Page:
NCPA - National Center for Policy Analysis

State Supported Terrorism

September 13, 2001

State support of terrorist groups has become an integral part of the global struggle for power, say experts. Hostile states, such as the Soviet Union during the Cold War and Iran today, have employed terrorism as a form of low-intensity warfare to advance their interests at the expense of the United States and other democracies. Accordingly, U.S. policymakers frequently have resorted to sanctions against state sponsors of international terrorism. However, confronting state sponsors of terrorism is difficult for several reasons:

  • Terrorist states normally seek some measure of "plausible deniability" when sponsoring terrorist groups. Financial support, for example, normally is funded through indirect channels.
  • Sometimes, taking strong actions against state sponsors may conflict with other U.S. foreign policy objectives. In 1991, for example, Washington allowed Syria to join the U.S.-led coalition against Iraq even though Damascus has long been a sponsor of international terrorism.
  • Not all states are equally vulnerable to economic sanctions. Further sanctions against North Korea, for example, probably would have little impact given Pyongyang's commitment to economic autarky.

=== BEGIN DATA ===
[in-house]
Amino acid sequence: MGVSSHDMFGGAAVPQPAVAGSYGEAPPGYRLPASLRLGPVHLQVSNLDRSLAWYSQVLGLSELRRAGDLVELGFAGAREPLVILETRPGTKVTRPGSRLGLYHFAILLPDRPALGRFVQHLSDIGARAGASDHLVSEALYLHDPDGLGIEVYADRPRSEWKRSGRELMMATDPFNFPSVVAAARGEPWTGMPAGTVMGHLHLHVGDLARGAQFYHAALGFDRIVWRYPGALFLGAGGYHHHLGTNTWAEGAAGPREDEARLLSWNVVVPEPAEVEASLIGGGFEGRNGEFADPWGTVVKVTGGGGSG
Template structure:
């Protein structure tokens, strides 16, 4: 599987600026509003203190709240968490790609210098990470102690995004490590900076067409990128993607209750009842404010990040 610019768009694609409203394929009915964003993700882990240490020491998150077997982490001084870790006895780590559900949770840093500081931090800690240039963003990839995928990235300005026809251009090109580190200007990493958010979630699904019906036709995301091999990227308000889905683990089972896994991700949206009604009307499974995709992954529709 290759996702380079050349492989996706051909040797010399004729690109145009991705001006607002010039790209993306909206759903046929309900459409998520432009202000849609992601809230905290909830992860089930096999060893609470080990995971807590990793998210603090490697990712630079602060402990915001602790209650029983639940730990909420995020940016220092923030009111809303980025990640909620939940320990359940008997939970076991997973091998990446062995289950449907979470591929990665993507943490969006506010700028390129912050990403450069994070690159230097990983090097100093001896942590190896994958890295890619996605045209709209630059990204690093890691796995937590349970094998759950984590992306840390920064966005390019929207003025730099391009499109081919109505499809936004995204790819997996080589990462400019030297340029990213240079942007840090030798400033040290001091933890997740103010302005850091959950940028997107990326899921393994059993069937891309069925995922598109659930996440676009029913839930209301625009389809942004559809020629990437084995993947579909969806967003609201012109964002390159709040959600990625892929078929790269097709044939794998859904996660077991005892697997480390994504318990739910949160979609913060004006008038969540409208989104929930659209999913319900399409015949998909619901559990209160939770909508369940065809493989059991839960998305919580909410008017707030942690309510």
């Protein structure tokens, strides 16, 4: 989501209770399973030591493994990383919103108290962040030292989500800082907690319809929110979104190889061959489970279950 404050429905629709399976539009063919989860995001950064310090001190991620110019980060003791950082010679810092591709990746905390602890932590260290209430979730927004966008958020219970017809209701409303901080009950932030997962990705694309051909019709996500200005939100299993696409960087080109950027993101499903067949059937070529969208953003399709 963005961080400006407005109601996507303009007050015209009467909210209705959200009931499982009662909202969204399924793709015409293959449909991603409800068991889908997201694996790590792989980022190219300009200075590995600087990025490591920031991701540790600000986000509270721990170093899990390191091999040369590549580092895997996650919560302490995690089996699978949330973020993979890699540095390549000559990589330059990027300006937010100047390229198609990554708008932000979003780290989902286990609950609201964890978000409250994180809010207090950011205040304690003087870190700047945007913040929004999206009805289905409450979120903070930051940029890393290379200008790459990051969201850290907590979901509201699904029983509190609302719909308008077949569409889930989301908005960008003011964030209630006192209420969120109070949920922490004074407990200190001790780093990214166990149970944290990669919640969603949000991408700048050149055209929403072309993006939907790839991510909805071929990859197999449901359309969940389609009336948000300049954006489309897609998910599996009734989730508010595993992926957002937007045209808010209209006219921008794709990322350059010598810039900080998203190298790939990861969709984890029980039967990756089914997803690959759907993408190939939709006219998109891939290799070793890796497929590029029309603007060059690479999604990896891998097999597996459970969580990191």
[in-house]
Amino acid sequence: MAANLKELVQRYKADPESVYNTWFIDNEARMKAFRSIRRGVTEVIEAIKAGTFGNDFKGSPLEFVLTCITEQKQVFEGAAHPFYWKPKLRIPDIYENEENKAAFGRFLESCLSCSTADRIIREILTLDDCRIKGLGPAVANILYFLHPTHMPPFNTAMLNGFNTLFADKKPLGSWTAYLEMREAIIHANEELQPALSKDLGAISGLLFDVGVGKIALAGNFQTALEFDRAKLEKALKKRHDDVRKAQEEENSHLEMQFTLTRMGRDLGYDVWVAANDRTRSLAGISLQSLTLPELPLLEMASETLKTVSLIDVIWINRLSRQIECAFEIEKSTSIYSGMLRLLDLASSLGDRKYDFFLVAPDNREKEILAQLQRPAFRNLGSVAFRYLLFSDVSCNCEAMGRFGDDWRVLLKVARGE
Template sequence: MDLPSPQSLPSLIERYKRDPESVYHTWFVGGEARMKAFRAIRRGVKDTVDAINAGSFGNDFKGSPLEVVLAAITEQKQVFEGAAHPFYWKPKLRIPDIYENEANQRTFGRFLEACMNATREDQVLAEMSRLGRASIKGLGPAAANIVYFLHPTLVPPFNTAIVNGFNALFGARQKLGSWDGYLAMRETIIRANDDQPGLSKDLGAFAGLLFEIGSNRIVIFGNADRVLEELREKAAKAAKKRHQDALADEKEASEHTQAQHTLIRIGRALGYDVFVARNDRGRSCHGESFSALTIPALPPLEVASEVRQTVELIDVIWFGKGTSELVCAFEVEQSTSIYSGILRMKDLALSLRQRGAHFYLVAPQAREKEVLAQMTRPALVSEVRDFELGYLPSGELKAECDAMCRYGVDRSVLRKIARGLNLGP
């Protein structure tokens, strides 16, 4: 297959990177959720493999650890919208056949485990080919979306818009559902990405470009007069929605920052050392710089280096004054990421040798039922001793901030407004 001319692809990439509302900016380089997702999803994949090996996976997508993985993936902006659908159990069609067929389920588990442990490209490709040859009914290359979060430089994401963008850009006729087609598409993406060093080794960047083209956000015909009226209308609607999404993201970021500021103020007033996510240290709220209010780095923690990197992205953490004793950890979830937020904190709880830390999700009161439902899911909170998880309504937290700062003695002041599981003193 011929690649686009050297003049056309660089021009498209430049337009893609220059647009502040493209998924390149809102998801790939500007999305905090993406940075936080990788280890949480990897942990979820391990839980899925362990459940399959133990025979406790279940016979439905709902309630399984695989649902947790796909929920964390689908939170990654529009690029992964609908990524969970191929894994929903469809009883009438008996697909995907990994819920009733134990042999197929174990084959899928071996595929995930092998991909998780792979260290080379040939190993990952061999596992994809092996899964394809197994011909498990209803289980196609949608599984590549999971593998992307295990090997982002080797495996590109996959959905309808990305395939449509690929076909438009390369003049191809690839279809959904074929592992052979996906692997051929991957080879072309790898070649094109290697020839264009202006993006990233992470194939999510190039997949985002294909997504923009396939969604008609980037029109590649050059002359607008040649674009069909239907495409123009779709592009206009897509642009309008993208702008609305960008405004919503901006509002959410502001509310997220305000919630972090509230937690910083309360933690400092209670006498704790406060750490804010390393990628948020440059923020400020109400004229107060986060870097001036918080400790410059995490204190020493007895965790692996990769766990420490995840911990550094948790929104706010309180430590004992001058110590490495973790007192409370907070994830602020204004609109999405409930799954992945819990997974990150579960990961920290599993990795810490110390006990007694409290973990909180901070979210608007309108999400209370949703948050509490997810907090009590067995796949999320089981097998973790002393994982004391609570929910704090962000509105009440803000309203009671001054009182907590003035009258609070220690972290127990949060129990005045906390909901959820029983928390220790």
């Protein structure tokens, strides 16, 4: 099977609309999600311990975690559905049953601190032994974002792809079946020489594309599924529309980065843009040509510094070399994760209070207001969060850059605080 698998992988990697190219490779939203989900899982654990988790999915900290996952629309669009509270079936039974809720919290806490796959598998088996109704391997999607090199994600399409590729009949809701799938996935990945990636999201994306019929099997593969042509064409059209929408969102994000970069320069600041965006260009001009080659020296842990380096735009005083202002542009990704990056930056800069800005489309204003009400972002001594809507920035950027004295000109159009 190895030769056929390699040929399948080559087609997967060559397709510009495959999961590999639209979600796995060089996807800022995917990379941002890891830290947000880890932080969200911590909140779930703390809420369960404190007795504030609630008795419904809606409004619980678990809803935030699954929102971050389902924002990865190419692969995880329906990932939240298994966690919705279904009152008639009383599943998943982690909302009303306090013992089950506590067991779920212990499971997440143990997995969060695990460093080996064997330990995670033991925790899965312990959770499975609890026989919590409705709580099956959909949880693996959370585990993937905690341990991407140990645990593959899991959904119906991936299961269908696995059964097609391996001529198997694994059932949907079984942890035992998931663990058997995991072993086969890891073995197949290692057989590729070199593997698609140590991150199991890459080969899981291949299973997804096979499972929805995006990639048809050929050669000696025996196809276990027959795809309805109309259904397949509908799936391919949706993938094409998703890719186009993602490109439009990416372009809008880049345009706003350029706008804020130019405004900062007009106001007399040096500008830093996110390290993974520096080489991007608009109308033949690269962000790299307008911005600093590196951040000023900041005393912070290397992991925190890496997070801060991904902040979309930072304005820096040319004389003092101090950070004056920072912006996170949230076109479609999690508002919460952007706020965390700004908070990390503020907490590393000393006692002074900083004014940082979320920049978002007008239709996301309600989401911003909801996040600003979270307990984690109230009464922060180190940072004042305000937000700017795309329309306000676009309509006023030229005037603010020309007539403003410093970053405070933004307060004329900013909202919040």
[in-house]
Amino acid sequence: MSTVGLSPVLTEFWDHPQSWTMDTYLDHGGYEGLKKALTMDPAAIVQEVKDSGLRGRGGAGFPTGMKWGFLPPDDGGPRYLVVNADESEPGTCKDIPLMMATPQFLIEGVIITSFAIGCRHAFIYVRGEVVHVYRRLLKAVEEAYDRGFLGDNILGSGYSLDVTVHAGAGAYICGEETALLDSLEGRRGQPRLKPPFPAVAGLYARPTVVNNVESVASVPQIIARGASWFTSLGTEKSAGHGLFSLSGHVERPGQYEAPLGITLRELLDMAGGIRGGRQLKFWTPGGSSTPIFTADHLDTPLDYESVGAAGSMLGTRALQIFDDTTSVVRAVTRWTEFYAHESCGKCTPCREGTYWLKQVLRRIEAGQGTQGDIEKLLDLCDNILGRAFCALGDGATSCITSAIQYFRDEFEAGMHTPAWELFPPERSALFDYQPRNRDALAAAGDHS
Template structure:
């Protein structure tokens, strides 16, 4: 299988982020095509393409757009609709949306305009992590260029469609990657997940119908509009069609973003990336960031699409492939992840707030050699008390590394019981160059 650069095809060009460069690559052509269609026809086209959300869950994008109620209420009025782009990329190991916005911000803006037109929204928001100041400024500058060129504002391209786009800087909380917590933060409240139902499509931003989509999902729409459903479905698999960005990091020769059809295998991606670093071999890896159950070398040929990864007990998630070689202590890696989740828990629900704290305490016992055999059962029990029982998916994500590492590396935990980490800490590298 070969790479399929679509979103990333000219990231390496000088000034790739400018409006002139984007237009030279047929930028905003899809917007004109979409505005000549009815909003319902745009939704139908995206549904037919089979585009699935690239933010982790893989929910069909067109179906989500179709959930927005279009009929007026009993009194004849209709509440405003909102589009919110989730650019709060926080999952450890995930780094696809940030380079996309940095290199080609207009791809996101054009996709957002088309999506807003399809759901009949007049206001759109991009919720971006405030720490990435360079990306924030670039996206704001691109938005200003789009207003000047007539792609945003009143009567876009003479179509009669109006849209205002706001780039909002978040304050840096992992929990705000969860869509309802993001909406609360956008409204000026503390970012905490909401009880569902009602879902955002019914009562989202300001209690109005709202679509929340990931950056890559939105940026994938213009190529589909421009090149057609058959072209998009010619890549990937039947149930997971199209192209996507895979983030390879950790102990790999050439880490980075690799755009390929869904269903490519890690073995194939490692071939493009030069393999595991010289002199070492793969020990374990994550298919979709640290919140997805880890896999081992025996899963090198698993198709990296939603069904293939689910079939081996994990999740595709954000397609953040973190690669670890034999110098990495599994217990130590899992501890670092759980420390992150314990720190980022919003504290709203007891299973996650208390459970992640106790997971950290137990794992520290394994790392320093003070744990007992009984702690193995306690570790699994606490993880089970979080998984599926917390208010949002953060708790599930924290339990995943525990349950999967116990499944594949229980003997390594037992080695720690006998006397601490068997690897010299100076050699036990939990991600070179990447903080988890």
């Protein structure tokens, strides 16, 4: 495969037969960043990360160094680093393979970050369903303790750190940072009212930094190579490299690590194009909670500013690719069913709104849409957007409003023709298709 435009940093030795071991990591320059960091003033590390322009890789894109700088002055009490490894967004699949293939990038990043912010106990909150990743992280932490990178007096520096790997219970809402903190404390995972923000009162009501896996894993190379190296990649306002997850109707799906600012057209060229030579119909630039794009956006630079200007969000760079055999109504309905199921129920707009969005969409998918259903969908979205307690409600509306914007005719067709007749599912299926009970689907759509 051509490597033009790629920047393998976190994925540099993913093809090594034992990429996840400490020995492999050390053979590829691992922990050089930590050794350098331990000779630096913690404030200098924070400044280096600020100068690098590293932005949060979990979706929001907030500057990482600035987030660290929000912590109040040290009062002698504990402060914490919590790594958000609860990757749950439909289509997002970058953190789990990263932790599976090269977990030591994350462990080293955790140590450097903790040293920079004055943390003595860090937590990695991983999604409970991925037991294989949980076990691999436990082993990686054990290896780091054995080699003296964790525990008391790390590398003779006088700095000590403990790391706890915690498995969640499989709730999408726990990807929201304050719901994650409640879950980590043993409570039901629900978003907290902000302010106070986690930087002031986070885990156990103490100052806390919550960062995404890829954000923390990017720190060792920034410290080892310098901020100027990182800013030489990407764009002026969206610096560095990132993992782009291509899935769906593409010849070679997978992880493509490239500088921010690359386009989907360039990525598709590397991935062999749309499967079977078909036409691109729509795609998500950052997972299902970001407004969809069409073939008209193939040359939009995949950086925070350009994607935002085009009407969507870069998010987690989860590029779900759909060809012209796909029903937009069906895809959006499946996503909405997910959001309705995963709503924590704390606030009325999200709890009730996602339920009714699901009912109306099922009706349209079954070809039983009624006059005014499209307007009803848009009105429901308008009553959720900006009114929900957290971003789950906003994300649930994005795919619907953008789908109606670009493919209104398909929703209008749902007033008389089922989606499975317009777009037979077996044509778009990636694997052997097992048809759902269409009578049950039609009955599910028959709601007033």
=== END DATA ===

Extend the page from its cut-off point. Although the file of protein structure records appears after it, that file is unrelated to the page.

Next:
A more effective anti-terrorism policy would involve a balance of offensive and defensive measures that are aimed at both terrorists and their sponsors.

  • Washington should persuade its allies to participate in developing a multilateral version of the State Department's list of states that support terrorism. Once placed on the list, a terrorist state should be denied economic assistance, arms sales and preferential trade privileges from all participating states.
  • Where possible, the U.S. should use military responses to raise the cost of terrorism above the price a terrorist-supporting state is willing to pay. This means striking targets that the state in question highly values, such as its internal security forces and secret police.
  • In some cases, especially where terrorists may have access to weapons of mass destruction, the United States must consider preemptive strikes against known terrorist sites to protect its vital national security interests.

Source: James Phillips and James H. Anderson, "International Terrorism, Containing and Defeating Terrorist Threats," Issues 2000: The Candidate's Briefing Book, Chapter 20, Heritage Foundation, 2000.


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